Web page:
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I was lucky enough to have met John Wheeler when I was in grad school. He was a wonderful man who radiated joy and curiosity.

My favorite anecdote about him, which was not widely known, involved what used to be called "nut letters." Before the internet, if you were a famous scientist, particularly a famous physicist, you would receive actual letters from people all over the world asking for help with their perpetual motion machines, time travel devices, and similar nutty theories. Having worked on black holes, gravity, general relativity, and the bomb, Wheeler was quite a nut magnet. He was also blessed with a bit of OCD in the way he organized and categorized all his notes (his annotated bibliography for Misner Thorne and Wheeler Gravitation filled many shelves in the library). John didn't just receive nut letters. He received, read, organized, filed, classified, and acted on nut letters. His preferred response to them was "I'm afraid I'm not very knowledgeable in the area of your work but I believe you should contact _____ who is working on similar conjectures and may be a good source of additional insights" at which point both parties in that conversation would be so ecstatic to be talking with someone recommended to them by the great John Wheeler that they'd never bother him again. While in grad school, I happened to read an article in the New York Times on a perpetual motion machine (their weekly Science Times section was fantastic but did occasionally step into pseudo science topics). At the end of the article the main researcher thanked John Wheeler for having introduced him to the theorist who had helped him refine his understanding of the mechanisms at play in his invention, and I couldn't help but smile at the wonderful successes of John Wheeler's nut dating service.

My colleagues and I used to get these "nut letters" occasionally even as unknown grad students. They were quite a treat to read: the human imagination is a marvel, and curiosity knows no bounds. If they'd taken slightly different paths than they had, some probably would have even been with my colleagues reading those letters instead of writing them.

This reminds me of a run-in we had with a 'nut'. She had looked up the lab on campus and walked in asking for the PI. After some back-and-forth, she mentions that she had been emailing with our PI for a while concerning the government implanted mind-reading device in her brother's brain (I was in a neuro-lab at the time). Without missing a beat, one of the other grad students starts questioning her about the device: when is it active, what is the range, power requirements, etc. She, as a layperson, really has no idea. After some probing about her brother's condition (likely her own condition, but who knows) we get her to accept that the power output of the device would be very tiny and that the government's receivers can't be more than a few meters away at any time. She seemed very satisfied with this conclusion. I think there were some mentions of Faraday cages too that she liked. At the end she mentions that her brother is a schizophrenic but that the medications don't work. Another grad student then took over and started to talk with her about how schizophrenia was thought to behave and the importance of proper medical supervision, but this occurred in another room. After some more time, the 'nut' came back to thank us for talking with her and taking her concerns seriously. She seemed very relieved at the conclusions and was smiling. We never saw her again and I don't think anyone mentioned it to the PI either.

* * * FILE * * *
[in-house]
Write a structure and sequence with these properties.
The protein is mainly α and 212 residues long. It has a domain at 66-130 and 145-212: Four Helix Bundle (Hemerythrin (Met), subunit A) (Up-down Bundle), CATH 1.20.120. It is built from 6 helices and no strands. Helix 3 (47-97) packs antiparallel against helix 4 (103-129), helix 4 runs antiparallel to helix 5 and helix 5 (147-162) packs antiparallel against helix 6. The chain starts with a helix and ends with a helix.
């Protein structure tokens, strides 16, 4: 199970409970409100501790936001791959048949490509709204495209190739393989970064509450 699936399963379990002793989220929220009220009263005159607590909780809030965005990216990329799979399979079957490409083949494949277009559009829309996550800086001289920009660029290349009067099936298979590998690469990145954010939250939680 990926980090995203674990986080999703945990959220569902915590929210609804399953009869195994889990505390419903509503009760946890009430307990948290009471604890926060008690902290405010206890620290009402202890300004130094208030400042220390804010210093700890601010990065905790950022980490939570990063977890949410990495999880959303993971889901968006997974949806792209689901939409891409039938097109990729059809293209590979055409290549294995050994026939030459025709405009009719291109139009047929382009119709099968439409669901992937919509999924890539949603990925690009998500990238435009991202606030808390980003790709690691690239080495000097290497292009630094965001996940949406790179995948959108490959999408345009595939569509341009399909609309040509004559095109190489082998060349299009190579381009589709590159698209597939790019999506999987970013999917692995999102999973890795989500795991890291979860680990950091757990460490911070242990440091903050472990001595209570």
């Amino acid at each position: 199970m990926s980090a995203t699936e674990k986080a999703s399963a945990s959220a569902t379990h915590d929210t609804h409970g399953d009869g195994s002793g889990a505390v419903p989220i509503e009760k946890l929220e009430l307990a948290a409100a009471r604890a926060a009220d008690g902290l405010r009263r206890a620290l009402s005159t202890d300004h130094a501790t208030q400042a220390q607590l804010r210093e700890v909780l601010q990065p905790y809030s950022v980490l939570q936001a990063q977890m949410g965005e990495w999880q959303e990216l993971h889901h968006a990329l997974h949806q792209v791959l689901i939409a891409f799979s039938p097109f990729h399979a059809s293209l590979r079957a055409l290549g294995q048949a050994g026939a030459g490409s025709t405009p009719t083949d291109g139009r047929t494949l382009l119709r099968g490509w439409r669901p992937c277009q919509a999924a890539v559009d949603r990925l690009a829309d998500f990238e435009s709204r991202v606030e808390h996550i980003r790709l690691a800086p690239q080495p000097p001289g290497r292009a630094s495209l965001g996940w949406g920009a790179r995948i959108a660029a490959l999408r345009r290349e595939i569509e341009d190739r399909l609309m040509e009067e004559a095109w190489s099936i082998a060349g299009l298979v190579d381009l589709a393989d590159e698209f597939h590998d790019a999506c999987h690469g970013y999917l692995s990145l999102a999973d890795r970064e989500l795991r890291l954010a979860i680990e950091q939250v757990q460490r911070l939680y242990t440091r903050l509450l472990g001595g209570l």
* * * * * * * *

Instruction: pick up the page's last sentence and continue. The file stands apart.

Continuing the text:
I wonder if any of these nut letters have ever yielded useful scientific discoveries or advances. I figure one or two must have, even if only by accident, or indirectly.

Maybe not the "nut" letters, which are frequently very nutty, but random letters can.

In this episode of Tested Joe DeRisi describes how a random letter from a snake owner led to some interesting published results in molecular biology.


Wow, that's one of the best guests I've heard on that podcast (and in general!). I'm a few months behind, so I hadn't heard this one yet, so thanks.

The title isn't wrong, either, this one is terrifying (so far).

At the fantastic Museum of Jurassic Technology, in Los Angeles, there is a wonderful display of actual letters like this sent to the Mount Wilson Observatory. They are beautiful for their earnest curiosity. Some of these letters are online here: http://www.mjt.org/exhibits/letters/letters.html

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